Thirty-five union workers at Stillwater Mining Co. have accepted voluntary terminations to help Montana’s largest mining company cut costs, union officials said.
The layoffs will strike a blow to the south-central Montana economy, but company officials say they’re necessary to remain profitable.
The buyouts were at the Nye mine, the company's main facility, and the Columbus smelter and recycling center, said Mike Gentry, international representative for United Steelworkers.
“Things are going as well as possible,” Gentry said.
The deadline to accept buyouts was midnight Wednesday.
The employees all worked in support operations for the miners, such as muck haul operators or hoist operators, Gentry said. The East Boulder mine was exempt from layoffs, Gentry said.
The employees will receive six months in severance pay and health benefits.
At an average annual wage of $70,000, the loss of the 35 jobs will pull about $2.45 million in wages from the area economy.
Company officials were not available Thursday for comment. Stillwater officials missed their target of 50 volunteer buyouts, but CEO Mick McMullen said May 1 that he isn’t planning involuntary layoffs. The company is seeking to cut $4.3 million in expenses and reduce the cost per mined ounce by about $100.
In 2013, Stillwater reported a $270 million loss, largely because of write-offs related to its Canadian and Argentinian holdings. Stillwater has a 75 percent share in the Marathon PGM copper project in Ontario, Canada and mineral leases for copper and gold prospecting in Argentina.
The buyouts are part of an effort by Stillwater’s new management to streamline the company. A group of disgruntled investors led by former Montana Gov. Brian Schweitzer engineered a successful hostile takeover of Stillwater a year ago, arguing the previous management was investing too much in foreign ventures and risking Montana jobs.
Last month, the company laid off 48 salaried employees, including 35 in Montana. The remaining 13 workers were in Canada and Argentina, where Stillwater officials said they were scaling back operations.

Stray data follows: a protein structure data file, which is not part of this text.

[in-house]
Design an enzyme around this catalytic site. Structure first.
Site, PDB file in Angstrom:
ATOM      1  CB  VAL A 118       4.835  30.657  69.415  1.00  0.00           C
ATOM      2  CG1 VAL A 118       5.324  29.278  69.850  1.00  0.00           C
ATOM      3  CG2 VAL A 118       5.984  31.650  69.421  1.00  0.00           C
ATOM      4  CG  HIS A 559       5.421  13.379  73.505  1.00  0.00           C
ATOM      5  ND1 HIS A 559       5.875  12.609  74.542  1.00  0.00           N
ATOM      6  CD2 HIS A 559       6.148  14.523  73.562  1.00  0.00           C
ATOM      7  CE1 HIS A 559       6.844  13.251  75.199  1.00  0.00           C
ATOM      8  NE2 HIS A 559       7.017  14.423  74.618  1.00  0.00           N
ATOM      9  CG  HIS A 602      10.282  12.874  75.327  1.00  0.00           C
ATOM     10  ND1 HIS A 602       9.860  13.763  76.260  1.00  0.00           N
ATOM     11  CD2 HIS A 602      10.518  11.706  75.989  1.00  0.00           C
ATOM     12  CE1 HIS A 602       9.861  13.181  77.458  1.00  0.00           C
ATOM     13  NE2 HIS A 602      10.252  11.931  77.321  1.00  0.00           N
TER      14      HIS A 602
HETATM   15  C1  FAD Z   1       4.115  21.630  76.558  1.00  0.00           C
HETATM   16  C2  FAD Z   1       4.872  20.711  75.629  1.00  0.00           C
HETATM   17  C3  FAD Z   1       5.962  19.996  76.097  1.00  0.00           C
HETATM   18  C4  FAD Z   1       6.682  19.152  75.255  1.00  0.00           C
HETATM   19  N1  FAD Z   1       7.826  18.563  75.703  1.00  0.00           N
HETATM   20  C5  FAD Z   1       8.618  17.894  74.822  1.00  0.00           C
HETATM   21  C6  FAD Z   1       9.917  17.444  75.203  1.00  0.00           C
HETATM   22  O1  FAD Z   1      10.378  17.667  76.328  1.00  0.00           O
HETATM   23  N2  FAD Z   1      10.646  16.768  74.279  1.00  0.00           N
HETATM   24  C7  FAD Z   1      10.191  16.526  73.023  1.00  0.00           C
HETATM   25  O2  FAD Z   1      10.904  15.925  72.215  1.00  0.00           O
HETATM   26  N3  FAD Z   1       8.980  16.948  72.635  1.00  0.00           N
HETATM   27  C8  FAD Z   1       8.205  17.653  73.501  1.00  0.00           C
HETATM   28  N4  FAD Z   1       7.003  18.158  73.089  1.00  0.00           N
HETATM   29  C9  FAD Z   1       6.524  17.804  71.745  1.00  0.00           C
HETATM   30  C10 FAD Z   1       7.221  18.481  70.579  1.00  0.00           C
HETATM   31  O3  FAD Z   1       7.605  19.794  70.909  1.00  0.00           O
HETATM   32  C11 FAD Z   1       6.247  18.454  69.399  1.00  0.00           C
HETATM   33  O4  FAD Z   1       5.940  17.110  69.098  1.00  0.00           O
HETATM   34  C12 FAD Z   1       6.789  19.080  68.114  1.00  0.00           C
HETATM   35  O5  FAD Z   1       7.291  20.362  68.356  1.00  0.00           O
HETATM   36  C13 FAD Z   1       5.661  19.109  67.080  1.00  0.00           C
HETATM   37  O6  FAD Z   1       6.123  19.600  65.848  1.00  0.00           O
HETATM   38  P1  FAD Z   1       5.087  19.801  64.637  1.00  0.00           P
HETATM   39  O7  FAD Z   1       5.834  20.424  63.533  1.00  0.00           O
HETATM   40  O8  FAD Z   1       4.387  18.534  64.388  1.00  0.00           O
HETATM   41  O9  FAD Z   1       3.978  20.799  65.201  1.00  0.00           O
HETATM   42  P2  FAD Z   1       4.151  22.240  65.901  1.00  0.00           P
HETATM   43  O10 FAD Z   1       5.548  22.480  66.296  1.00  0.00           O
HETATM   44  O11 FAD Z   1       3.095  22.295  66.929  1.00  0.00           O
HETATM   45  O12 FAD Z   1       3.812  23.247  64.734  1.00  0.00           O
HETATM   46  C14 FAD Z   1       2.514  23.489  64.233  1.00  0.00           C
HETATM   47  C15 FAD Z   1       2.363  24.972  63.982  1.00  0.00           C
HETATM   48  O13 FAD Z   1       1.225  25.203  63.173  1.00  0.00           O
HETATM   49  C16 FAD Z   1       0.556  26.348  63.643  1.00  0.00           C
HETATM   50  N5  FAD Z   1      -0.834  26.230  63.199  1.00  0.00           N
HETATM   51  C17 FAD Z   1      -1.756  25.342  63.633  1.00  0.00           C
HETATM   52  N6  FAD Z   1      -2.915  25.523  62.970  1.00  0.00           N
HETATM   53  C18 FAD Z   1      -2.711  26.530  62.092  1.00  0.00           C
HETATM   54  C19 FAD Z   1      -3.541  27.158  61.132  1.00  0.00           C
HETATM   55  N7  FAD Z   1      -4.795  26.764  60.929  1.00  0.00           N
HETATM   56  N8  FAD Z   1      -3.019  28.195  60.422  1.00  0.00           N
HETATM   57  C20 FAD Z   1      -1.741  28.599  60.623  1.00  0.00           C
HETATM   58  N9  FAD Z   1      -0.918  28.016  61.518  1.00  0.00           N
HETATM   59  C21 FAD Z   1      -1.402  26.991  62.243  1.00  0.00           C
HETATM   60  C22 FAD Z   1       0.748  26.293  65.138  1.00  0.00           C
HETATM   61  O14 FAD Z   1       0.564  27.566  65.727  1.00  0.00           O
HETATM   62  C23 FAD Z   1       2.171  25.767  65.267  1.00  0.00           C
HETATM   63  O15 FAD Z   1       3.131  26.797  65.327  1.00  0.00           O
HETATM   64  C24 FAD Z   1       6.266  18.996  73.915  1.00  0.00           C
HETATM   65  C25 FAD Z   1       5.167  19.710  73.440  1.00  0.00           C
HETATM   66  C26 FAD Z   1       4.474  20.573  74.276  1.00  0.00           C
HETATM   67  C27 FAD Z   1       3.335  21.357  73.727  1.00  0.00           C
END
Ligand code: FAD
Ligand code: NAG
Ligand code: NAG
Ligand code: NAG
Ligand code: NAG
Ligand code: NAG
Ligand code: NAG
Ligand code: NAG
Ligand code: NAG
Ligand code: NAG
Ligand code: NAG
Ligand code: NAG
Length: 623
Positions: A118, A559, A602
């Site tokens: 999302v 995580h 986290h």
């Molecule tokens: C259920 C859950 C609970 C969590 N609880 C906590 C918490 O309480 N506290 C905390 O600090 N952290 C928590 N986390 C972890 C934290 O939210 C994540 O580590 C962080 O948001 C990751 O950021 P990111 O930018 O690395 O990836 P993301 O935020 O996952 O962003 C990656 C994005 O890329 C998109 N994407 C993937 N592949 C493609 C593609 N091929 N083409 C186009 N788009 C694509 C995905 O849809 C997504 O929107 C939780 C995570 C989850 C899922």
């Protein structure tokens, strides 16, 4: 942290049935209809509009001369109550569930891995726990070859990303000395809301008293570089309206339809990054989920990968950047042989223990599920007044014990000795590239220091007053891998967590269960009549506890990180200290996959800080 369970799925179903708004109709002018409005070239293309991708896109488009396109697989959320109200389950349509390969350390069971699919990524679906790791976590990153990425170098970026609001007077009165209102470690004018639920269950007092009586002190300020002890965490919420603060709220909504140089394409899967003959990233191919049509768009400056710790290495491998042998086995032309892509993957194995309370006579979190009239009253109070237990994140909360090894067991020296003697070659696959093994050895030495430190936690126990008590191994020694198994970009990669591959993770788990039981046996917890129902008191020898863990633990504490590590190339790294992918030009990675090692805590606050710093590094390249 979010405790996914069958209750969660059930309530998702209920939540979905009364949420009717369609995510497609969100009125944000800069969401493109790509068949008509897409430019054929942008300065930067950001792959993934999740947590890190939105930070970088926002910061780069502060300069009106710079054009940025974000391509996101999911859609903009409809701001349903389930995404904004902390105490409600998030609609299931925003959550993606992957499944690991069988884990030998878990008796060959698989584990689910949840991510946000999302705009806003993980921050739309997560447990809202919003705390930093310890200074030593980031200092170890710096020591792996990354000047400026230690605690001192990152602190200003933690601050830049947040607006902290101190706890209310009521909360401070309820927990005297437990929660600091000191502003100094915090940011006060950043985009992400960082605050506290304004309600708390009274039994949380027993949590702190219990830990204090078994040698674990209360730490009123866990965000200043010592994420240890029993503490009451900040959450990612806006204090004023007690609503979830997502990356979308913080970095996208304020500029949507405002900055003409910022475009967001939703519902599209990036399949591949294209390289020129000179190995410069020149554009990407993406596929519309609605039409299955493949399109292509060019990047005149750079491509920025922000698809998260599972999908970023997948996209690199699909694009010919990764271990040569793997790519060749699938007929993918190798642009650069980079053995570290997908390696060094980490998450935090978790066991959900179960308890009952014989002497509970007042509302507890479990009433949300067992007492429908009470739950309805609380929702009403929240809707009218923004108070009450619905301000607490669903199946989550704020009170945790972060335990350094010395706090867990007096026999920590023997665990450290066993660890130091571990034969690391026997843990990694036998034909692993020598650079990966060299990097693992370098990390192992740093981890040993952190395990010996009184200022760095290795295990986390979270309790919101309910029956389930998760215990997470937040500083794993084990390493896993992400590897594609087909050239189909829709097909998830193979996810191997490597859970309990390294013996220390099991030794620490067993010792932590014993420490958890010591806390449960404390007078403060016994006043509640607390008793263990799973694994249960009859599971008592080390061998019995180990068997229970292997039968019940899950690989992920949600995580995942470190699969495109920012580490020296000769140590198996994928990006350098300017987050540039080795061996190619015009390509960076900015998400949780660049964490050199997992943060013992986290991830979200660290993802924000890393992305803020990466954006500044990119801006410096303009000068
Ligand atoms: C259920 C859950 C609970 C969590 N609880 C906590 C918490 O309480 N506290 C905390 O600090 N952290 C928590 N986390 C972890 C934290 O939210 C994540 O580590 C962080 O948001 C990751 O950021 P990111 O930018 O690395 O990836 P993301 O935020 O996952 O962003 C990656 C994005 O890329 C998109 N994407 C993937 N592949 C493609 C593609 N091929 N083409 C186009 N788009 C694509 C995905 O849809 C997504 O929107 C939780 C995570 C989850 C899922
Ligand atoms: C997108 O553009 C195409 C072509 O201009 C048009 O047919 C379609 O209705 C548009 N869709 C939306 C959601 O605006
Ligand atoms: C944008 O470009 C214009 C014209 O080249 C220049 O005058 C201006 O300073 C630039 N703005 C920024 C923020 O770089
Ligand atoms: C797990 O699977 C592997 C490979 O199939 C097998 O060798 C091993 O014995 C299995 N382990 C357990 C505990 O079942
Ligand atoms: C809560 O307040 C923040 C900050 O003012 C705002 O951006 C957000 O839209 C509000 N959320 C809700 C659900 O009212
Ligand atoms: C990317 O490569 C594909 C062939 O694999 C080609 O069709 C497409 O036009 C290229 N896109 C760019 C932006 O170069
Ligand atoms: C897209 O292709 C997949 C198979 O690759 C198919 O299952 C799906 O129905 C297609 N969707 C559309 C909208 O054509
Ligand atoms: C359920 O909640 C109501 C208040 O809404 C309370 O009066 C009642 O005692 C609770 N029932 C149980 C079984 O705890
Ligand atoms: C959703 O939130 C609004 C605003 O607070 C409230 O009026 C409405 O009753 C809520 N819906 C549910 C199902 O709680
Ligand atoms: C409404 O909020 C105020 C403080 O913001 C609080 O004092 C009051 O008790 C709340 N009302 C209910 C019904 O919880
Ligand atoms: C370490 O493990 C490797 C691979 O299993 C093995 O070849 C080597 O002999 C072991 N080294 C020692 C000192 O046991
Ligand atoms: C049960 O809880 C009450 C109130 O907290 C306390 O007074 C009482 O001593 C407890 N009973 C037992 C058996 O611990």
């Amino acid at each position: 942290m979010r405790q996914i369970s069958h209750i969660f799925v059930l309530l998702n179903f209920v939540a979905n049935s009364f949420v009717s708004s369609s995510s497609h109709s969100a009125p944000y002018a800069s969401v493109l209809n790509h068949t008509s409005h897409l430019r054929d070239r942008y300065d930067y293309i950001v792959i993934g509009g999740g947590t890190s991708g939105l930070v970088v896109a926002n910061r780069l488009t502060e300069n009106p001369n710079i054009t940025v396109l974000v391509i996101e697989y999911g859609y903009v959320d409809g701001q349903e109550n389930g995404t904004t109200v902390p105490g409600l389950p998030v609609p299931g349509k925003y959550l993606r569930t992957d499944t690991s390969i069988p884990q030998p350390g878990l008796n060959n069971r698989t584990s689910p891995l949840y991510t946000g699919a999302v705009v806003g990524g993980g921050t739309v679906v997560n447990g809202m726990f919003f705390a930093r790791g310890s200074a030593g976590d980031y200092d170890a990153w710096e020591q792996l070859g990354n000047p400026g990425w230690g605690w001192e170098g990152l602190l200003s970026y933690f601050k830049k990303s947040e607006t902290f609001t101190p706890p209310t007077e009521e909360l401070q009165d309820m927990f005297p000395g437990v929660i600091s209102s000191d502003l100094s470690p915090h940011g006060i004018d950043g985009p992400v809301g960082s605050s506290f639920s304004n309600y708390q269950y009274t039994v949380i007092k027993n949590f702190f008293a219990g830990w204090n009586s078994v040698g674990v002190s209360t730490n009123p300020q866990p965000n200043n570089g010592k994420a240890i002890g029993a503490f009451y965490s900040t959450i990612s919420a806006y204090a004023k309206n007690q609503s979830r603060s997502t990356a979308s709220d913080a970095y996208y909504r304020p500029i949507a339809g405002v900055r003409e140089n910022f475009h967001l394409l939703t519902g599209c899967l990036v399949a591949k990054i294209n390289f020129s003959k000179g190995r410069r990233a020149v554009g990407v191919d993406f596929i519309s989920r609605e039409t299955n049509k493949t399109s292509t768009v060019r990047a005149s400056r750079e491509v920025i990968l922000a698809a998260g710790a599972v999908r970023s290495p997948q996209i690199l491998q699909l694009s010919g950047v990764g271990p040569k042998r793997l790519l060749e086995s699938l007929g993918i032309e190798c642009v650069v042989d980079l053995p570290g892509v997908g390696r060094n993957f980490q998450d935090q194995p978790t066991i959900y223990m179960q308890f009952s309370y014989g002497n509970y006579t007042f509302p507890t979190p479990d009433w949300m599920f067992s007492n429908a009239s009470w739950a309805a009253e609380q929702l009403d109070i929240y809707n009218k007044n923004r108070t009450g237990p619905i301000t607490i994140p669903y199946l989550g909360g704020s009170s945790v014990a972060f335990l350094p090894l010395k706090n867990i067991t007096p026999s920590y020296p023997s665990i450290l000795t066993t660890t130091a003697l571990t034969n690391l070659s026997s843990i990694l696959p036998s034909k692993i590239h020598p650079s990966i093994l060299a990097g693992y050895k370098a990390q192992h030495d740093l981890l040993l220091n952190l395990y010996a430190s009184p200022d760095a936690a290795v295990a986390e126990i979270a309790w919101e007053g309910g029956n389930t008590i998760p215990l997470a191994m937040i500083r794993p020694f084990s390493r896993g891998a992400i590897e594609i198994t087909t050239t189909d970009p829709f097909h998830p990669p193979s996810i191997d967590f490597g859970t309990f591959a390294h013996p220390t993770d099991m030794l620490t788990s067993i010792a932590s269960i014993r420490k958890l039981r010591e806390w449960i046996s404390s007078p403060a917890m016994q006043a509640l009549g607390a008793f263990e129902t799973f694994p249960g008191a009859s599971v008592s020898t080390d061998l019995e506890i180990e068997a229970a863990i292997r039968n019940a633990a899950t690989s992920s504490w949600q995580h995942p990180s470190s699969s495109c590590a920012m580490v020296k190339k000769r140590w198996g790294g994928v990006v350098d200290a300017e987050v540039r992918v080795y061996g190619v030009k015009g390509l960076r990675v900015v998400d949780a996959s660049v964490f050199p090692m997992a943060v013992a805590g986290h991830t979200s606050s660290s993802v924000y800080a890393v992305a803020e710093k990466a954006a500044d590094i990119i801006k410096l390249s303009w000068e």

Gentry said “rumors were flying” among union members about big cuts after the initial layoffs. Wounds still haven’t completely healed from a 2007 strike and 2008 shutdown of the East Boulder mine, he said.
Nevertheless, Gentry said he believes management is doing what is needed to ensure the company’s long-term health.
“I honestly think that the new CEO is going to get this mine, here in Montana, in a category where they’re making a profit. I think he’s been straight with me about it,” Gentry said.
Stillwater is also seeking to expand its business, signing a five-year contract to supply platinum and palladium to a British chemical company for production of pollution-control equipment.
Stillwater shares traded between $17.50 and $17.70 Thursday.
Of the employees who took buyouts, most aren’t old enough to retire and are planning to look for other jobs, Gentry said. Some are seeking work at other mines, while others are looking to change professions, he said.
“You can be 40 years old, in pretty good shape, and (mining) can wear you down quick. It’s very, very dangerous work,” Gentry said.
Billings-based Stillwater has about 1,800 employees who extract and refine palladium and platinum. The precious metals are used to make electronics, jewelry, fuel cells, coins and other products. Stillwater also operates a smelter and recycling facility.